Man’s best friend and caretaker: service dogs (+video)

Service dogs are man's best friend and caretaker

Russell Johnston and Joleen Pianalto received service dogs that have helped them cope with their disabilities by helping them pick up objects and balance as they do everyday tasks such as go to the grocery store. (Oliver Morrison and Shelby Reynol
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Russell Johnston and Joleen Pianalto received service dogs that have helped them cope with their disabilities by helping them pick up objects and balance as they do everyday tasks such as go to the grocery store. (Oliver Morrison and Shelby Reynol

Russell Johnston’s body doesn’t work like it used to.

He’s 63, with diabetes, multiple sclerosis and degenerative disc disease. He’s suffered two strokes, five hip surgeries and a spinal stress on his C4 vertebrae.

“With all those conditions, I have a hard time bending over and walking,” Johnston said.

But he does just fine. That’s because of Ferrari.

Ferrari is Johnston’s service dog. That’s not to be confused with a guide dog, which helps blind people. Or an emotional support animal, which helps people who suffer from PTSD or social anxiety. Or even a facility dog, which is used in schools or nursing homes but not trained for public interaction.

A service dog performs physical tasks for people with disabilities to help them gain independence. Ferrari, a golden retriever, can pull off Johnston’s socks at night in his home in Hutchinson. He picks up his credit card when he drops it in the grocery store, or his keys if he drops them while getting into his car. He can even find his lost shoes, though Johnston said he hasn’t tried to teach him the difference between his left and right shoe yet.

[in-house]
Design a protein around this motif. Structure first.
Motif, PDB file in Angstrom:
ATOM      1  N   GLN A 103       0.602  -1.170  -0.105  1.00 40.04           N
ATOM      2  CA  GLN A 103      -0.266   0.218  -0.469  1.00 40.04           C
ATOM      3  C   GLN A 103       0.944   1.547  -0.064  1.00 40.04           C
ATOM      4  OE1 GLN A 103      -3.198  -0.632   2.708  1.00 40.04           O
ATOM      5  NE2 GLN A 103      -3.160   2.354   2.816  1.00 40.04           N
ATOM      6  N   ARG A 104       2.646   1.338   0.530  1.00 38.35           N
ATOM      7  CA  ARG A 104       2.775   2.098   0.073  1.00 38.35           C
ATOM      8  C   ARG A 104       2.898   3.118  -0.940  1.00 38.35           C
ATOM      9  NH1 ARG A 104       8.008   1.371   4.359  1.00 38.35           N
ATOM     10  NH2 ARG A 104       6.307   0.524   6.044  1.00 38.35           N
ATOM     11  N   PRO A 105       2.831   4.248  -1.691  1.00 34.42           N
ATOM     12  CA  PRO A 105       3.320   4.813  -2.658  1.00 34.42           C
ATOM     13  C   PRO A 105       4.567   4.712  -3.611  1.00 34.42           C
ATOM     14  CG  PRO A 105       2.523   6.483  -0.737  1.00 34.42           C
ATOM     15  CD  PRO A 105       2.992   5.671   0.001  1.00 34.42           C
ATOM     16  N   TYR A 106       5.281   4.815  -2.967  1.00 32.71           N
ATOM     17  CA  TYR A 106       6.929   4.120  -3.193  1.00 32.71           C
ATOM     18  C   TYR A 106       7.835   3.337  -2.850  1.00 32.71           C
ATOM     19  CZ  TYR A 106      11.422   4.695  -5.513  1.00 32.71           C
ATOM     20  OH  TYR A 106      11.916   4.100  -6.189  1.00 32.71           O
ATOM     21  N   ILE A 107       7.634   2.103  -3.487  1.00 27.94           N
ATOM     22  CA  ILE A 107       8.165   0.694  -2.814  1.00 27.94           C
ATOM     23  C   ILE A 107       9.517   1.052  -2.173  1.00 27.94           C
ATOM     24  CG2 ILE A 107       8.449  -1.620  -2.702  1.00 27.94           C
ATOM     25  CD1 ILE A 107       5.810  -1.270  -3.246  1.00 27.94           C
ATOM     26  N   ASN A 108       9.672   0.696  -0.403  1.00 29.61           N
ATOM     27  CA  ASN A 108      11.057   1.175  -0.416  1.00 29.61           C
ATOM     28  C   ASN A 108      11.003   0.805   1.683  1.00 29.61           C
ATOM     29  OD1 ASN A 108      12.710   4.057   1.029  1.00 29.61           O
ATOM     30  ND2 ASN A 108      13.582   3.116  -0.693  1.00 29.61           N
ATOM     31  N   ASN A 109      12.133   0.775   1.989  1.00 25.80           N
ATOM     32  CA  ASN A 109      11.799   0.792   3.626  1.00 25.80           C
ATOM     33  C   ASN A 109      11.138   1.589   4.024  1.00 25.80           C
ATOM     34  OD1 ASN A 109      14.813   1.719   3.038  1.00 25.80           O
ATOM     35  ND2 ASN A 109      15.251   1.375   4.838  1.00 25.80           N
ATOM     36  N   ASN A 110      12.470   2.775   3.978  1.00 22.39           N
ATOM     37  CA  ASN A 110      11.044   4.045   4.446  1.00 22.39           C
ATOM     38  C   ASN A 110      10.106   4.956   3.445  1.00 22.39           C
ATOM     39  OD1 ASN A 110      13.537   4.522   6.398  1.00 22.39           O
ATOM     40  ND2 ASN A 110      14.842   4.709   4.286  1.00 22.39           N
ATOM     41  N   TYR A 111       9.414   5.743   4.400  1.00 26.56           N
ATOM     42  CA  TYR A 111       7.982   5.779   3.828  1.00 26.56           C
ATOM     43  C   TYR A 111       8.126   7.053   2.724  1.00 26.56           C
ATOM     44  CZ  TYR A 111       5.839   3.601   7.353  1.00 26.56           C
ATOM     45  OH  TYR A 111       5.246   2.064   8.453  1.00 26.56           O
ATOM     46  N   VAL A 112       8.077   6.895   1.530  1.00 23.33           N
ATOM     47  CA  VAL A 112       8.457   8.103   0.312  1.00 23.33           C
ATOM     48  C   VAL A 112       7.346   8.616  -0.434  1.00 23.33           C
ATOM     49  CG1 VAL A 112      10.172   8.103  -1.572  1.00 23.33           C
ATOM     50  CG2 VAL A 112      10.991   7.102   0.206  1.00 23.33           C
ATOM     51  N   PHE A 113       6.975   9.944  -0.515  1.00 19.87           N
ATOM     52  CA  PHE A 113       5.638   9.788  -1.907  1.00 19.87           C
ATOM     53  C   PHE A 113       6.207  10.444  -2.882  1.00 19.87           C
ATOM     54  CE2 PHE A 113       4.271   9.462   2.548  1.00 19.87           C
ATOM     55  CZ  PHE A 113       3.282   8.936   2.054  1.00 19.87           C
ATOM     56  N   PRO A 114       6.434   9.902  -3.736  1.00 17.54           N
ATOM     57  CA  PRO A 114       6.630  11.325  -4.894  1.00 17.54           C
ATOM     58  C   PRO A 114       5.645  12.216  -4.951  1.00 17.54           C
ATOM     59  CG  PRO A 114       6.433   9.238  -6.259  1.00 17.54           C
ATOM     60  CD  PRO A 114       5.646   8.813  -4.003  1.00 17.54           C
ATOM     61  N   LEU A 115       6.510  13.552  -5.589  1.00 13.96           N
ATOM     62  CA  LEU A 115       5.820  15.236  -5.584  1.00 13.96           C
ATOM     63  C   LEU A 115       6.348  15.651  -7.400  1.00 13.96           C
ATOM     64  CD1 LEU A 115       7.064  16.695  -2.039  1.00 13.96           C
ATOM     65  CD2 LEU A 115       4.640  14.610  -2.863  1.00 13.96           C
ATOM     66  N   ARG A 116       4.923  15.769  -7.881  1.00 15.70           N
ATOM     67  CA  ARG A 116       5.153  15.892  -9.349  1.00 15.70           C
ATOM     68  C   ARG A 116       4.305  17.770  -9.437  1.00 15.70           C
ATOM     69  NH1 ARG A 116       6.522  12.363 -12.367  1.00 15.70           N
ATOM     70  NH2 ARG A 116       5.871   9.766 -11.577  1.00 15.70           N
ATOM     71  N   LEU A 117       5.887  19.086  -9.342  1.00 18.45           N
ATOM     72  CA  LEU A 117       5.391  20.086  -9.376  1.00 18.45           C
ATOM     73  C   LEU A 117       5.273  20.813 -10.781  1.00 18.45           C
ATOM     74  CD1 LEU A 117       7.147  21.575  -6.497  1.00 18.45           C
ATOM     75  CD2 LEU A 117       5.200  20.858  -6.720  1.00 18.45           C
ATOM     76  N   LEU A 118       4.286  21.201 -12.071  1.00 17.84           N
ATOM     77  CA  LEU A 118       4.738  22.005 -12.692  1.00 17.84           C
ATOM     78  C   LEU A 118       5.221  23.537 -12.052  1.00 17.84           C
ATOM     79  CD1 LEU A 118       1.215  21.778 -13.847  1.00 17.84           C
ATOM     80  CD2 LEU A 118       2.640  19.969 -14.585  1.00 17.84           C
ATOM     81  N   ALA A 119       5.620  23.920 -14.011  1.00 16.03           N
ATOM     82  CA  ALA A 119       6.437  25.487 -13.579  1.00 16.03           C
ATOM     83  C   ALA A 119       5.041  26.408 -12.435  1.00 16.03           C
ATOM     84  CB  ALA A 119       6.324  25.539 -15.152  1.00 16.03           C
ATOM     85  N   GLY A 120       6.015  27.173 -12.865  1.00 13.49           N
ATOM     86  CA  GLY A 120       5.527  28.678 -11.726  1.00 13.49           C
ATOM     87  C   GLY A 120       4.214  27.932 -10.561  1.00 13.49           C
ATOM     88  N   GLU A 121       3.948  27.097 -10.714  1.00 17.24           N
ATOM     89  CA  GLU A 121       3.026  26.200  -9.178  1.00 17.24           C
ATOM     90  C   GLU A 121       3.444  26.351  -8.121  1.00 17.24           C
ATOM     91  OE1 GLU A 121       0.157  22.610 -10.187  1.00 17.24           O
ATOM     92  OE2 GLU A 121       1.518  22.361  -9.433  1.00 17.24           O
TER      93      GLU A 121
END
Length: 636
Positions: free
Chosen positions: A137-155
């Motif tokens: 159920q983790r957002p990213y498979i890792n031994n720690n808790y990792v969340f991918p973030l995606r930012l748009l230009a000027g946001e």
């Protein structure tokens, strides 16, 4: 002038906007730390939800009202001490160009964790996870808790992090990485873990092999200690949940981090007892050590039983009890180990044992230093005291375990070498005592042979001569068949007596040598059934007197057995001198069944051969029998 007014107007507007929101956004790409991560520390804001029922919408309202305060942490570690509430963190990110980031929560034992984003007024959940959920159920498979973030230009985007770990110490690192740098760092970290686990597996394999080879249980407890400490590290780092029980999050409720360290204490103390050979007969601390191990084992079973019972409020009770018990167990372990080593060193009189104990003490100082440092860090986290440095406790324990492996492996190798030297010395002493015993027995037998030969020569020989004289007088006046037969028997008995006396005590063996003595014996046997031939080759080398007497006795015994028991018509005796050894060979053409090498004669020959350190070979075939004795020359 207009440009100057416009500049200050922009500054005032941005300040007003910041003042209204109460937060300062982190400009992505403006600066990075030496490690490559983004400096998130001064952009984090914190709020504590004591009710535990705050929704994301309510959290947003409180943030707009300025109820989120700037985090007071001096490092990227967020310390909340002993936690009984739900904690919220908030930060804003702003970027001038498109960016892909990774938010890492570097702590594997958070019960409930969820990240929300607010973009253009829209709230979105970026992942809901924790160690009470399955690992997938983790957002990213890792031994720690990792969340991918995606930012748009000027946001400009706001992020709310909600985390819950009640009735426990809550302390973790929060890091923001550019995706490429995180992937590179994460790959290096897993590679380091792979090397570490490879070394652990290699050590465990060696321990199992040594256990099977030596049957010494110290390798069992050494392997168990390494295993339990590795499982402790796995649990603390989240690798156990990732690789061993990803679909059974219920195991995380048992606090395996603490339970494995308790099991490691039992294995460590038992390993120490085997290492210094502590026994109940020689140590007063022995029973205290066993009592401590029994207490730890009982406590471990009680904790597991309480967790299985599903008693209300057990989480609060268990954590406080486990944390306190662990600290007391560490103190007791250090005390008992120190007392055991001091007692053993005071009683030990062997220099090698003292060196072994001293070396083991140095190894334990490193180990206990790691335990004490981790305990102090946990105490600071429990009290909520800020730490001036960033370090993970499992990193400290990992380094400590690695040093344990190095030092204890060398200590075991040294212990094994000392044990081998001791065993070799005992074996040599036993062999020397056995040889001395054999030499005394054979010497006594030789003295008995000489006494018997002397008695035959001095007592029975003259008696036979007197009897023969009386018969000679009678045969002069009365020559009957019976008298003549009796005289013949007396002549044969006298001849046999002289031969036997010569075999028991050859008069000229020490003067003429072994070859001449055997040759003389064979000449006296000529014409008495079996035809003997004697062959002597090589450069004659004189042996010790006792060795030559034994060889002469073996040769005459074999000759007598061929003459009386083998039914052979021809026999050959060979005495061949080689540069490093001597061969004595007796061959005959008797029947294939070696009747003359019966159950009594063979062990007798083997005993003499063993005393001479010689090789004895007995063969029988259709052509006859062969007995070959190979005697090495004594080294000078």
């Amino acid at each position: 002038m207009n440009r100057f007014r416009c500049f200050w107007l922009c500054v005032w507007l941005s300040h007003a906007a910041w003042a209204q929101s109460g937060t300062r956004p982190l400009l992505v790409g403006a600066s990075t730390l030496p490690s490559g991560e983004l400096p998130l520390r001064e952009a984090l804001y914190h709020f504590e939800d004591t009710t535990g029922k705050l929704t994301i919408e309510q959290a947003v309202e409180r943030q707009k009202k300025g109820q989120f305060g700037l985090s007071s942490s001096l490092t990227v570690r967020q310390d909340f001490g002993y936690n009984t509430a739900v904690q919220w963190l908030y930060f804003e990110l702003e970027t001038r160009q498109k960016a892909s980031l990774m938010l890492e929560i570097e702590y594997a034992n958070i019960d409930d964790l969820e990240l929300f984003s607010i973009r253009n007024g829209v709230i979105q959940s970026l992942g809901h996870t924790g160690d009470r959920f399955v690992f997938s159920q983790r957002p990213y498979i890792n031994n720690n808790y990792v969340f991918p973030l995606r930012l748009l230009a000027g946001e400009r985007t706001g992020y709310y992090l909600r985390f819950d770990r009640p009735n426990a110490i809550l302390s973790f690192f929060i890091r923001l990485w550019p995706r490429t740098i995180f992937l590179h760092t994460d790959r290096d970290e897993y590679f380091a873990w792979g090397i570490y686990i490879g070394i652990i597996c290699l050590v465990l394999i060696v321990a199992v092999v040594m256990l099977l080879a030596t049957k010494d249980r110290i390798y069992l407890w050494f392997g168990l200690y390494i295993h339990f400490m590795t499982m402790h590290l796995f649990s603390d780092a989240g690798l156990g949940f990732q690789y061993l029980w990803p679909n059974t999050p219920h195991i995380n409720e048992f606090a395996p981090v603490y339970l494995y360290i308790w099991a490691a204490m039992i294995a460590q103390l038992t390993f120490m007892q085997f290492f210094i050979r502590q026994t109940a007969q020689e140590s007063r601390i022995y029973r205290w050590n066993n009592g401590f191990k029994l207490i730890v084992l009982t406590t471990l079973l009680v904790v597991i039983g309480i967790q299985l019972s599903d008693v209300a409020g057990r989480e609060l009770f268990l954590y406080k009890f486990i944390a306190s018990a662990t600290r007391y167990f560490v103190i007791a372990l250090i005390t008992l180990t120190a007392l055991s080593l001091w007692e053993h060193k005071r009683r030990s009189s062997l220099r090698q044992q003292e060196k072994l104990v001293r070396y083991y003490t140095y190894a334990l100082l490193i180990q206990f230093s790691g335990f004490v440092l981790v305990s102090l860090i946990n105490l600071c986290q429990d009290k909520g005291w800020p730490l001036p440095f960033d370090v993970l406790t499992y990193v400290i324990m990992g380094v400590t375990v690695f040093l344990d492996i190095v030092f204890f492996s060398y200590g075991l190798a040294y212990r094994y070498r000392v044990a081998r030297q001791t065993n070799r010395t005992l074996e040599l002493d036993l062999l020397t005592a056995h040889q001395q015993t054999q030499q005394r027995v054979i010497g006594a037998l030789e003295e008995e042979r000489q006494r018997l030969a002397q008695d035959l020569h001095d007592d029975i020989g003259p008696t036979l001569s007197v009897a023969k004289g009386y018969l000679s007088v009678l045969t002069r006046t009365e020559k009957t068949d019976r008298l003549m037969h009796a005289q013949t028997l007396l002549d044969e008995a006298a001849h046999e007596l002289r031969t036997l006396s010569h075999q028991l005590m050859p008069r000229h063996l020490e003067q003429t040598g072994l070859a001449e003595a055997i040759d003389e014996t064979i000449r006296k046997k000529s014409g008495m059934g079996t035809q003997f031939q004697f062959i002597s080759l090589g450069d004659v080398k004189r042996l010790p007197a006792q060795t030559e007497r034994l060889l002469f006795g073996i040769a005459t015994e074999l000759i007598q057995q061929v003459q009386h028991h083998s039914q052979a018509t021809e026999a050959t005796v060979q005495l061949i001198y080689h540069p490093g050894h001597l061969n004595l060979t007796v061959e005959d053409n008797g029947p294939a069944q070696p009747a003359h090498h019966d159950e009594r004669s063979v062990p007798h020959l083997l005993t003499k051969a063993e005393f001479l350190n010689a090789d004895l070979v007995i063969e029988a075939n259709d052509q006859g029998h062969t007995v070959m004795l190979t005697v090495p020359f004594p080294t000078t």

If it’s a task that requires bending over, “Ferrari does everything for me,” Johnston said.

Johnston’s dog is one of more than 500 dogs that have been trained at KSDS Assistance Dogs Inc. in Washington, Kan., the state’s only training center that is accredited by Assistance Dogs International. That means, among many other requirements, that their dogs must pass strict exams that test their ability to avoid food, ignore other dogs and pass people.

The dogs are bred at KSDS and then sent to volunteer trainers at 8 weeks who make sure the dogs learn basic obedience until they’re about 18 to 24 months old. Then the dogs return for six more months of specialized training at KSDS.

Not all dogs make the cut. Gina German has trained seven KSDS-bred puppies. Of those seven, she said, only three made it. Three were sent back to live with her because of a common hip disease and one because it liked to play too much.

Finally, the new owners have to train for two weeks with their new dogs. Johnston was in the middle of a medical procedure so he had to be flown out to his training from the hospital, he said.

Joleen Pianalto, another service dog owner from Wichita, who lost significant function on half of her body after a stroke, said that at first her dog would do the opposite of what she asked.

“Those were the hardest two weeks of my life,” Pianalto said. “In two weeks, you and the dog are supposed to bond, and I cried a lot.”

But Pianalto persisted and now her dog, Aladdin – a white Labrador whom she calls Al – helps her balance in open areas, instead of having to steady herself on railings or walls.

‘Intellectual’ play

KSDS provides dogs at no cost to their new owners. It costs about $25,000 to train a service dog, according to Letha Nelson, a trainer with KSDS, but every person who applies and is deemed eligible will be put on its waiting list.